Michael Jackson's death: La La Land at its (worst) best
La La Land.
That's what L.A. is often called. And it's usually not a compliment.
And you know what? Sometimes we deserve it. And this is one of those times.
Just take a look at what's making news here this week:
The voice of a heavily drugged, rambling Michael Jackson echoed through the courtroom during opening arguments Tuesday in the trial of his personal doctor.
"When people leave my show, I want them to say, 'I've never seen nothing like this in my life,' " the singer mumbled on a recording that the prosecution said was made on Dr. Conrad Murray’s iPhone.
Deputy Dist. Atty. David Walgren told jurors that Murray recorded his famous patient about six weeks before his death when he was "under the influence of unknown agents."
Now, this is serious stuff. After all, CNN, Fox and half the world's media outlets are parked outside the courtroom. A man, a famous man, is dead. No news nugget is insignificant. As The Times reported breathlessly Tuesday:
Some fans reported that Jackson's magician, Majestic Magnificent, was present at the courthouse.
Of course, bizarre isn't limited to Michael Jackson. Here's a little tidbit that's sure to further endear L.A. to the "tea party" movement:
The spaces for "Name of Father" are blank. But the L.A. County birth certificates list the mother, who happens to be the young wife of one of history’s biggest and most sought-after drug lords, Joaquin "El Chapo" Guzman.
Emma Coronel traveled to Southern California in mid-July, and on Aug. 15 gave birth to twin girls at Antelope Valley Hospital in Lancaster, according to birth records and a senior U.S. law enforcement official.
Turns out Coronel, a 22-year-old former beauty queen, holds U.S. citizenship, which entitles her to travel freely to the U.S. and to use its hospitals. By being born in California, her little girls now also have U.S. citizenship.
Oh good, a twofer: Her husband's a wanted drug lord, and now their kids are American citizens.
But look on the bright side, tea partyers: When those little El Chapos grow up, want to go to a U.S. college, and apply for financial aid, it won't be a case of giving assistance to illegal immigrants.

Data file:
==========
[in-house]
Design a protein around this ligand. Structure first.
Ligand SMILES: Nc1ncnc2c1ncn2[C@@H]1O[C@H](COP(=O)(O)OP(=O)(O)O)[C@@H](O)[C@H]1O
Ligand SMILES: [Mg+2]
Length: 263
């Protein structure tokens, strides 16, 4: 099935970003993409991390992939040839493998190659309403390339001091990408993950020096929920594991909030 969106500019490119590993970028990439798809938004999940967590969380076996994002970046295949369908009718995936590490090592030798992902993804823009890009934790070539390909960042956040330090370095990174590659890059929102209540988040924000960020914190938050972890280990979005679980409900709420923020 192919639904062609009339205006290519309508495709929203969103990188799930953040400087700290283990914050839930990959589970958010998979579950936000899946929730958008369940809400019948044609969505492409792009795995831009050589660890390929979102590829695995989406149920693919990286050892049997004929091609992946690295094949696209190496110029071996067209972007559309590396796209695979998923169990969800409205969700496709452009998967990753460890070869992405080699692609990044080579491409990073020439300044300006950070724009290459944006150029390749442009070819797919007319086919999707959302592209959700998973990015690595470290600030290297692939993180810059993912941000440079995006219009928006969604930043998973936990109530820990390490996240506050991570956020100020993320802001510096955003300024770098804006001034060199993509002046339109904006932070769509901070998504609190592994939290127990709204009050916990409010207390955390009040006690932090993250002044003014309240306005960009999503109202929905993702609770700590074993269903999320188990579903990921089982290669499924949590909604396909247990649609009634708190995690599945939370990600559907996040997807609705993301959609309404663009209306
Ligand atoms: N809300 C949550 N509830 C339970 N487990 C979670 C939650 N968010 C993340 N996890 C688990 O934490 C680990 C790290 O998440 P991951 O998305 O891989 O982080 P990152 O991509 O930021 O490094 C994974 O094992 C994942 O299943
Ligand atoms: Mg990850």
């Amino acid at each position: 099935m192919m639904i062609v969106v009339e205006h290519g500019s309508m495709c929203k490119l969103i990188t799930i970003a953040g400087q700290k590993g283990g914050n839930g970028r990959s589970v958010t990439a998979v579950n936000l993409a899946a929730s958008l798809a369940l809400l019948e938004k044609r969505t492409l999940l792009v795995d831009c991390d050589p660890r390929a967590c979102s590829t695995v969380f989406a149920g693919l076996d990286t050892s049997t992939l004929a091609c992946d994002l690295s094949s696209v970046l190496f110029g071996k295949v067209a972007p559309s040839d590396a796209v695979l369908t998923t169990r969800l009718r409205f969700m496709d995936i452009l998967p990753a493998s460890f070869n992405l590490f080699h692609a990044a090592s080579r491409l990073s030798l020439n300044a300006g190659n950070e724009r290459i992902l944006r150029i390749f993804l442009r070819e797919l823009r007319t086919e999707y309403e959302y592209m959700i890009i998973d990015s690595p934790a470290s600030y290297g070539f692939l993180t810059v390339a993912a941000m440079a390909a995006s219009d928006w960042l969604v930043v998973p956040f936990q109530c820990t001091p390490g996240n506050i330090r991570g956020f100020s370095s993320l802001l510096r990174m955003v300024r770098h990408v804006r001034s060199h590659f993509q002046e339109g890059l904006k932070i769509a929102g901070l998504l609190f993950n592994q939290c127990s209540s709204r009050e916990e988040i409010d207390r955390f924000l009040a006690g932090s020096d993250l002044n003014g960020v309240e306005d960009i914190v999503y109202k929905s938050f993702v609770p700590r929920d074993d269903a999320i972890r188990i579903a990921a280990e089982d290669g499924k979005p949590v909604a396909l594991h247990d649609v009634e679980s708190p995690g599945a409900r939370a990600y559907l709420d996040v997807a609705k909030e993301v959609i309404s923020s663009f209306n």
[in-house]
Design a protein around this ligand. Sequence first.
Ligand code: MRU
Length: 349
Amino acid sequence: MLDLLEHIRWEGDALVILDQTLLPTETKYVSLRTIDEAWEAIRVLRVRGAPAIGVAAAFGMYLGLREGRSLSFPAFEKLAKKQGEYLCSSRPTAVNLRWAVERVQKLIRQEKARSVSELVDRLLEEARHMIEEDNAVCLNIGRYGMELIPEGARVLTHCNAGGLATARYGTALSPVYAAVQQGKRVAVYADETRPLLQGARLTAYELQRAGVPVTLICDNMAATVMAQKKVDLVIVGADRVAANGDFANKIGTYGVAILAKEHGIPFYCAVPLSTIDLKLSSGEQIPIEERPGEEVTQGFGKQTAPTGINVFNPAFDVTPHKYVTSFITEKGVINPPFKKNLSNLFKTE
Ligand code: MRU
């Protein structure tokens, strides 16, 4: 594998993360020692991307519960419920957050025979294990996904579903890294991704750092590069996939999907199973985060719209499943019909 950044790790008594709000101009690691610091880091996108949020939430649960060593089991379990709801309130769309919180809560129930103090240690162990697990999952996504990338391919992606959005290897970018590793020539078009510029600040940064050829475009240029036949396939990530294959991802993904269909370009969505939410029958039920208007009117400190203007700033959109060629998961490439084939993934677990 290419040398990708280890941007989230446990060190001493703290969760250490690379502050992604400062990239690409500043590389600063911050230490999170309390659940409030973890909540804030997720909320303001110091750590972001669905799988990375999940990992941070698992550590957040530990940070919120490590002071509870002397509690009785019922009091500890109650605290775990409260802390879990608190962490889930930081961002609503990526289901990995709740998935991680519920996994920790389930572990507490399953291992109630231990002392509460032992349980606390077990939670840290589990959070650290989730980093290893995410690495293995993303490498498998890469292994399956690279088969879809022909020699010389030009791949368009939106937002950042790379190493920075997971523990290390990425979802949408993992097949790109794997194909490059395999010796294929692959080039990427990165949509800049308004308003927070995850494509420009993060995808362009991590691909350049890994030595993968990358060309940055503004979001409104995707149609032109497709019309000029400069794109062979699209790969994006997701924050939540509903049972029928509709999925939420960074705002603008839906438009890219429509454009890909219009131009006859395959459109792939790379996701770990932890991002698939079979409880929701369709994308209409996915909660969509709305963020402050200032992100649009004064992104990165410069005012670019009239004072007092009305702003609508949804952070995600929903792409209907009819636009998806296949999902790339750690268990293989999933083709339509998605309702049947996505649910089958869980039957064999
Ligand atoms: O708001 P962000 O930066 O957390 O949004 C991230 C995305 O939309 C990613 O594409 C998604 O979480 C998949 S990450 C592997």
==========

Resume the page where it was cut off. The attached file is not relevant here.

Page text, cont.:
And don't blame lax law enforcement for this. As the story says:
U.S. federal agents apparently kept tabs on Emma Coronel even before she crossed the border at Calexico, through her hospital stay and until she left the country to return to Mexico. Although her husband tops most-wanted lists on both sides of the border, Coronel was not arrested because there are no charges against her, the law enforcement official said.
But what I really want to know is, how did she pay for her hospital stay? A suitcase full of cash? Or does she have insurance? If so, will she and her husband be dunned by a collection agency if they don't pay?
And speaking of law enforcement, how about those L.A. County jails?
FBI agents probing misconduct allegations in the L.A. County Jail orchestrated an undercover sting in which they paid about $1,500 to a sheriff's deputy to smuggle a cellphone to an inmate, sources said.
The revelation is the first public indication that the FBI's investigations into allegations of inmate beatings and other deputy misconduct in the jails have uncovered possible criminal wrongdoing.
The FBI conducted the cellphone sting without notifying top Sheriff's Department brass, enraging Sheriff Lee Baca and causing a rift between the two law enforcement agencies.
So, let's see: Sheriff's deputies are allegedly beating up inmates; the FBI is looking into it; the agency found a seemingly crooked deputy to help them get a phone to an informant; and Baca isn't concerned about that and the beating allegations, he's just mad at the FBI.
Baca's bottom line? "We police ourselves," he said.
Gee, I think that's what Richard Nixon said too.
And, on top of all this, President Obama was in town for a series of appearances and fundraisers.
And yes, you know what that meant: People complaining about traffic tie-ups.
Ah, just another week in La La Land.
Photo: La Toya Jackson enters the courthouse Tuesday for opening statements in the trial of Dr. Conrad Murray. Credit: Frederick M. Brown / Getty Images